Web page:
Three Reasons the Music Industry is Pushing Hi-Res Audio

One of the best panels of the day at the Music Matters conference here in Singapore had to do with the music industry’s push for public acceptance of Hi-Res Audio, digital music files that sound as good as (and in many cases, better) than the best-recorded compact discs.

“Wait,” you say. “What’s the point? I’ve got my MP3s and my streaming music service. Everything sounds good enough. Why should I care?”

Well, you might not care until you actually hear some music in Hi-Res Audio. It can sound immeasurably, indescribably better. By allowing you to hear the most subtle and finest details of the recording the experience of listening is so much better, which leads to a greater emotional connection with what you’re hearing. Trust me on this.

There is a concerted push within the music industry as those concerned with hardware (the gear and gadgets) and the software (the music itself) tries to get these digital files in front of consumers. There are three main reasons for this.

1.They want us to buy new hardware

No surprise here. They gotta keep us consumers upgrading to the newest and coolest if they’re going to stay in business. This extends to the mobile phone business with handsets in the pipeline capable of playing back Hi-Res files. LG just became the first major handset manufacturer to include circuitry in new models.

2. Re-releasing older material in Hi-Res Audio creates new masters, meaning..

…copyright on those works is extended by at least another 50 years. That’s big news for composers and publishers.

3. The demand for better-sounding music seems to be increasing.

Hi-Res Audio isn’t just for audiophiles. New studies people are increasingly willing to spend more for better-sounding music. About 50% said they’d pay a premium for Hi-Res Audio, with more than 60% of 25-34s expressing interest. This is spurring growth in technologies like MQA, which can be applied to streaming. Deezer (available in 185 countries) and 7Digital (a provider of digital tracks) are already deep into providing Hi-Res Audio files for streamers.






Alan Cross

is an internationally known broadcaster, interviewer, writer, consultant, blogger and speaker. In his 30+ years in the music business, Alan has interviewed the biggest names in rock, from David Bowie and U2 to Pearl Jam and the Foo Fighters. He’s also known as a musicologist and documentarian through programs like The Ongoing History of New Music.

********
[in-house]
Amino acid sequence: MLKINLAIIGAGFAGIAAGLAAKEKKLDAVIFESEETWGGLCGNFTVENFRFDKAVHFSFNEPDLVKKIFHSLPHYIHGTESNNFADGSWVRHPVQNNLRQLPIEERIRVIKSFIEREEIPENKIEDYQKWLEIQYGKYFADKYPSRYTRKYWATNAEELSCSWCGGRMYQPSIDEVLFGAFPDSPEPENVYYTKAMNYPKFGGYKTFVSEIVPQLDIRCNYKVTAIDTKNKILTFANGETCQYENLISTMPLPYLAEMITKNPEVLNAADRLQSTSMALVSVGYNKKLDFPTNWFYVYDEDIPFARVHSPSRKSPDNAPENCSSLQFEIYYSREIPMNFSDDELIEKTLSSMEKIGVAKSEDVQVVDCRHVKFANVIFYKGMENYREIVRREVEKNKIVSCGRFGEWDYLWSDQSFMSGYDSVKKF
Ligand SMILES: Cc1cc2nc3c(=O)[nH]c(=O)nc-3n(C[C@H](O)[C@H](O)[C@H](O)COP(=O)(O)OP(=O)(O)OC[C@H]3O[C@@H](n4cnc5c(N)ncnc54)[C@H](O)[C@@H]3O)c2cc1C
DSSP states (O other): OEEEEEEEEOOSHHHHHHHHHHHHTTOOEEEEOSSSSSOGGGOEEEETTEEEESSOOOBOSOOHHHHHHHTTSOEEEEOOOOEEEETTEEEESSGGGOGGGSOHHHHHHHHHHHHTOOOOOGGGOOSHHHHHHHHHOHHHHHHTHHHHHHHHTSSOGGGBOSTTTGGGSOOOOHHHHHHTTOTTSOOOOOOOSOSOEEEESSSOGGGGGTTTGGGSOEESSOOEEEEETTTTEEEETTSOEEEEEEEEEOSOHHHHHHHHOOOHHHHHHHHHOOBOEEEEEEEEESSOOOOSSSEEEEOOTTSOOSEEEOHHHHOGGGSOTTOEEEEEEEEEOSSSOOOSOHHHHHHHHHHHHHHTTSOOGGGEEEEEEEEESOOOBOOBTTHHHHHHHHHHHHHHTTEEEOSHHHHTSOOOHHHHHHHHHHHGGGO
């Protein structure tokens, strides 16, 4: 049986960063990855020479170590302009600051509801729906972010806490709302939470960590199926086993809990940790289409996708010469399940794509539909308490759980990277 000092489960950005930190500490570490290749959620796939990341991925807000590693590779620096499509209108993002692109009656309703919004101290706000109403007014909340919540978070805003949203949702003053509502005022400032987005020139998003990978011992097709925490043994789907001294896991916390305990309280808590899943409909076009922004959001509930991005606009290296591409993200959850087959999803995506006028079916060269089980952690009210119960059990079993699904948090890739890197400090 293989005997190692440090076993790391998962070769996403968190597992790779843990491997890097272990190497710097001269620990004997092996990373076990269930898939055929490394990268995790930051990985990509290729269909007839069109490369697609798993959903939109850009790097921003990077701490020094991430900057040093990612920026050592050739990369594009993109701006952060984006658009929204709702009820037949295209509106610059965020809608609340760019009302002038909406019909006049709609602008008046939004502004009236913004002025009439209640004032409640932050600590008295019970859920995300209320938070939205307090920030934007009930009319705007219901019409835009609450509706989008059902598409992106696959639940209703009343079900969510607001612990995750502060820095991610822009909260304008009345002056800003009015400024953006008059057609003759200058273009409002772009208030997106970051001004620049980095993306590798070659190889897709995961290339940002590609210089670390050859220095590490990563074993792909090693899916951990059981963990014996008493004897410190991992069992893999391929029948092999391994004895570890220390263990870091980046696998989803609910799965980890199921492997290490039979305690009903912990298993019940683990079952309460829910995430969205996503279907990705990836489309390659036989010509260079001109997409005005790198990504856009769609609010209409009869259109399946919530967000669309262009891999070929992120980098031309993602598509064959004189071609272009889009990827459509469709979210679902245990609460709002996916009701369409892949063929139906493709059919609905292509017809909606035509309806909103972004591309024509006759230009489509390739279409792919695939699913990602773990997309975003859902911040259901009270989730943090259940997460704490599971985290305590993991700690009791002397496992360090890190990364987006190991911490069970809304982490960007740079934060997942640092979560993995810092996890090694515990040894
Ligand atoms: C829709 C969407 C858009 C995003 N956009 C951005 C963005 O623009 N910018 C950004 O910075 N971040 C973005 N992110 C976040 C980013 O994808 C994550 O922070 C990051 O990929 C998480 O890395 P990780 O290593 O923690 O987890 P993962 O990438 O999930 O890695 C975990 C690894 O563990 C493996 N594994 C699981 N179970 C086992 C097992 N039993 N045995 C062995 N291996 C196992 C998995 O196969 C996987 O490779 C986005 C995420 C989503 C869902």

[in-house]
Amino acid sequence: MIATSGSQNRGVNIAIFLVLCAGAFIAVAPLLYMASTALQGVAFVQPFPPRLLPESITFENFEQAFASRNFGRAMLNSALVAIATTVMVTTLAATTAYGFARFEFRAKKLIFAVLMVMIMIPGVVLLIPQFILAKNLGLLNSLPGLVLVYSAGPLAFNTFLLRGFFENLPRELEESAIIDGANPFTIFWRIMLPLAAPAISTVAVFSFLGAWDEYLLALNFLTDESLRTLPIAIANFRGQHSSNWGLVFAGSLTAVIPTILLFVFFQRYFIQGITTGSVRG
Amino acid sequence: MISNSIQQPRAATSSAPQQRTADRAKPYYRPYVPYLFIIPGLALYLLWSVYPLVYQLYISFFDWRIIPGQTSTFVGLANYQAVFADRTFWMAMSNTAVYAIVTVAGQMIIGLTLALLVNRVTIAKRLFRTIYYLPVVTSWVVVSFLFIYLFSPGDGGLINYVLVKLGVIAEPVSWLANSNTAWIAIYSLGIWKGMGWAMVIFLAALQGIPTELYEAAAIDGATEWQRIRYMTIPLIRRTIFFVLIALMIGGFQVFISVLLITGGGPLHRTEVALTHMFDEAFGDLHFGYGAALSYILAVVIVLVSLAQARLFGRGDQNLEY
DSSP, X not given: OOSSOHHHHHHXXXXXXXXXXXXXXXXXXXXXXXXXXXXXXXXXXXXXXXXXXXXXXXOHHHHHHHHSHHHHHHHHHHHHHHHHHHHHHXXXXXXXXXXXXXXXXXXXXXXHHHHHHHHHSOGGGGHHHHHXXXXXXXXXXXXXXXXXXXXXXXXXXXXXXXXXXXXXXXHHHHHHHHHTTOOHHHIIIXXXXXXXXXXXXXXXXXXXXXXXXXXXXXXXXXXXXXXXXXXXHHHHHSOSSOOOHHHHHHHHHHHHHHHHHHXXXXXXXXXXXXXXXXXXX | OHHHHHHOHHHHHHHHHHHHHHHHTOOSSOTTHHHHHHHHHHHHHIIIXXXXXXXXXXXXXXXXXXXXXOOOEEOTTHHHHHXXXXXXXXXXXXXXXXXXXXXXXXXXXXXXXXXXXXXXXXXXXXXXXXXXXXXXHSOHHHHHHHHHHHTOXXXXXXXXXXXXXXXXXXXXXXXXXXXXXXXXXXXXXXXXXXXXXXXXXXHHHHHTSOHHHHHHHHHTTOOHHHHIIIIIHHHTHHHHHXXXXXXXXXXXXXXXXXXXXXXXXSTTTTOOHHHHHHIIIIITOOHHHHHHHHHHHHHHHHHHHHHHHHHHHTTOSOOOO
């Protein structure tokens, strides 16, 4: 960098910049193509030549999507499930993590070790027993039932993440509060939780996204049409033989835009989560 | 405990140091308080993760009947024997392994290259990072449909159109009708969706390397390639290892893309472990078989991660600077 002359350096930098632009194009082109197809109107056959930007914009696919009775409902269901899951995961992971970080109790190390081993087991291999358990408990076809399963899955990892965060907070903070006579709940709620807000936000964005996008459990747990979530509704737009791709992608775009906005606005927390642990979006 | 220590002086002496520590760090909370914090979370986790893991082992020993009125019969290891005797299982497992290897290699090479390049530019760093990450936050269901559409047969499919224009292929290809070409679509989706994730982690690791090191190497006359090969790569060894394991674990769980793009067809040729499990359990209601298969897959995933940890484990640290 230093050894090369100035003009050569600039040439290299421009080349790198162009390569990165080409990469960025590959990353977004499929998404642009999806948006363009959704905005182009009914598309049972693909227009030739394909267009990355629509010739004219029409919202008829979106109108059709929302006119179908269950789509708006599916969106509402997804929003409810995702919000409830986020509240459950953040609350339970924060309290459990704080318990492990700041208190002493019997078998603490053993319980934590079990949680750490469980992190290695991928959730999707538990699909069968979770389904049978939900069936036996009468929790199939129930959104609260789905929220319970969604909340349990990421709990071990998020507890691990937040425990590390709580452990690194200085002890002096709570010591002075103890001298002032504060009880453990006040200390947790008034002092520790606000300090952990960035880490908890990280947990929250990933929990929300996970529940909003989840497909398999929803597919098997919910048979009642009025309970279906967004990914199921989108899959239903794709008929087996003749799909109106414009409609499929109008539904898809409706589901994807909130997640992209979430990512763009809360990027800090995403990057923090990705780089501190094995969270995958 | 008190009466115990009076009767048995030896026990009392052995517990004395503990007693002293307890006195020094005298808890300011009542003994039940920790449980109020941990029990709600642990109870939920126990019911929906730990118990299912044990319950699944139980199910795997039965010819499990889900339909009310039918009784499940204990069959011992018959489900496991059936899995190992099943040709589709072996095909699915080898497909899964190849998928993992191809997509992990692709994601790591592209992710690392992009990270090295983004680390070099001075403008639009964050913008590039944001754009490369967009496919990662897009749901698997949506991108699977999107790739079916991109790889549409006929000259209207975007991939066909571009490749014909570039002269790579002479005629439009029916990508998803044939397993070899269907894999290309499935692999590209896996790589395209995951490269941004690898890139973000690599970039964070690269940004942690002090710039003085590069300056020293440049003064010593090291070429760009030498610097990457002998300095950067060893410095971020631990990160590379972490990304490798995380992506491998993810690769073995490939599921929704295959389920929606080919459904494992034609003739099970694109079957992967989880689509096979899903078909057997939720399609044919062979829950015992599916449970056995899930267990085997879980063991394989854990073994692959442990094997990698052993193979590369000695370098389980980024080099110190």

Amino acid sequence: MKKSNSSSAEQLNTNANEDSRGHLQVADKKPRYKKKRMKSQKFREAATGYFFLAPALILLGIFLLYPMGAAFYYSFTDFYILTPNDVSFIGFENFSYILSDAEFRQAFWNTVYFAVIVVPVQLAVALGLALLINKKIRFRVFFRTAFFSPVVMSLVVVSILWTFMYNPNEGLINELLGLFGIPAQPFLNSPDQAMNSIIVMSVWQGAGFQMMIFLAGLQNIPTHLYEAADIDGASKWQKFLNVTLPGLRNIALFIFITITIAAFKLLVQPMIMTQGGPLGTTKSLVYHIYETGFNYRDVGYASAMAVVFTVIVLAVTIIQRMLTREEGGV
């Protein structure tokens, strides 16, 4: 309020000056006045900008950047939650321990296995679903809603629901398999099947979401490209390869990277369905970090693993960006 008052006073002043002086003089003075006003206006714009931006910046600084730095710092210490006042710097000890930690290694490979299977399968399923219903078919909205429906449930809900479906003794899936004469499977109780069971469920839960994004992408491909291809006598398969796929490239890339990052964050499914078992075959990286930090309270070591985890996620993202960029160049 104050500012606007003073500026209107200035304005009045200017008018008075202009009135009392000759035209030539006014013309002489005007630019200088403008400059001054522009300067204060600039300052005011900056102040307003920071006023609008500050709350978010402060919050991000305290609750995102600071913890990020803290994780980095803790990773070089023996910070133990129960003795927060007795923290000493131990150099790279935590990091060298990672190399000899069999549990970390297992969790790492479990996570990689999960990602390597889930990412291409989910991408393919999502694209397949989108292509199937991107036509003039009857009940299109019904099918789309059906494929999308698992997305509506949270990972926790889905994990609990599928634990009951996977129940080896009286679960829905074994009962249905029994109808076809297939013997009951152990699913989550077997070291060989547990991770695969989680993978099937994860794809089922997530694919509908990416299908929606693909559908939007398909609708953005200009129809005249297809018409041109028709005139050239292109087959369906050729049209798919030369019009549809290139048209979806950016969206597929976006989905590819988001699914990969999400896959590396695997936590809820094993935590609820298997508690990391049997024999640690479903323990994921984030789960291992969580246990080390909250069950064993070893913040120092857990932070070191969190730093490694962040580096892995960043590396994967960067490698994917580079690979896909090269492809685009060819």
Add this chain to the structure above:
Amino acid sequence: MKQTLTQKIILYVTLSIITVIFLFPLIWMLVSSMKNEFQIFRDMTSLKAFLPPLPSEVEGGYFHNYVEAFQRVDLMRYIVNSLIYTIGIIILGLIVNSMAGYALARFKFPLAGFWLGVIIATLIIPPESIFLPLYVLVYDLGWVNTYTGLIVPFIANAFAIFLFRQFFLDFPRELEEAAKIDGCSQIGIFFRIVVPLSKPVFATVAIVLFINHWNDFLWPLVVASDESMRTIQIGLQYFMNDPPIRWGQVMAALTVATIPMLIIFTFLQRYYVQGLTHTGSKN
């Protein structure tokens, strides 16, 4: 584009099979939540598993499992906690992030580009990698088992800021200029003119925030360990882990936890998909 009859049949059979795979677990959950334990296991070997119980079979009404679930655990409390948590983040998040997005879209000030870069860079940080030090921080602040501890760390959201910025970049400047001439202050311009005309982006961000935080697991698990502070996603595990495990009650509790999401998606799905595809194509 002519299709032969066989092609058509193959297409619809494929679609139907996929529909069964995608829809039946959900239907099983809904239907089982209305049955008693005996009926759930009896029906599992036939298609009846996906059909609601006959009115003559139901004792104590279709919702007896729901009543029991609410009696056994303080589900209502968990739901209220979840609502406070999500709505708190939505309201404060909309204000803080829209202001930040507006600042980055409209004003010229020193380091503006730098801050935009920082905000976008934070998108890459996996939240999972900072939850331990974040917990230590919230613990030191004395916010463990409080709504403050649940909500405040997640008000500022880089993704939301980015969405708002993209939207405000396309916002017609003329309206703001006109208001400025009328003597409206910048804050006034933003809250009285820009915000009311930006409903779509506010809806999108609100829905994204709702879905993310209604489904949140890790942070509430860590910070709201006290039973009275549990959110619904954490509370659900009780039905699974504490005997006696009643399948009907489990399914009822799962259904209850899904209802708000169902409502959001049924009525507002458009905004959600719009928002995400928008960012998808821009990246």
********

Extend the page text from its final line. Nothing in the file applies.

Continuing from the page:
6 thoughts on “Three Reasons the Music Industry is Pushing Hi-Res Audio

  • September 12, 2017 at 10:00 am

    They missed control of the content. It’s not an open format, and I’d bet there will be some sort of DRM added. It’s sad, as there are better *open* formats available, in both lossy and non-lossy.

  • September 12, 2017 at 10:29 am

    Hearing definitely us believing though!
    Found myself on the Technics site and downloaded a hi-res.version
    out of the Tom Petty catalogue.
    Unbelievable transparency !!!
    “Jamin’ me”never sounded that good in years!!!

  • September 12, 2017 at 11:04 am

    I’m so not convinced. Seems/feels to me that high-res audio sounds better just because more attention has been paid to mastering it.

  • September 12, 2017 at 5:17 pm

    Is this substantially better than a FLAC version of the same song? the trouble with FLAC was its size and in the many years since its release cost of digital storage has plummeted.

    • September 13, 2017 at 4:08 pm

      MQA is about the same size as 16/44 FLAC and about the same quality.

      MQA doesn’t use DRM as such – what it has is a light that goes on on the equipment if this is the “genuine” MQA file.

      Unless you’re a dog or a bat, the only thing hi-res brings to the table is a lack of LOUDNESS WARS mixing.

      I would love to know how MQA does against a 16/44 made from it in double-blinded or A/B/X testing. There’s a curious lack of this amongst all the hype surrounding it.

      (I have a less polite piece I wrote about the MQA scam here.)

  • September 12, 2017 at 7:41 pm

    So I can just listen to my CDs, great!


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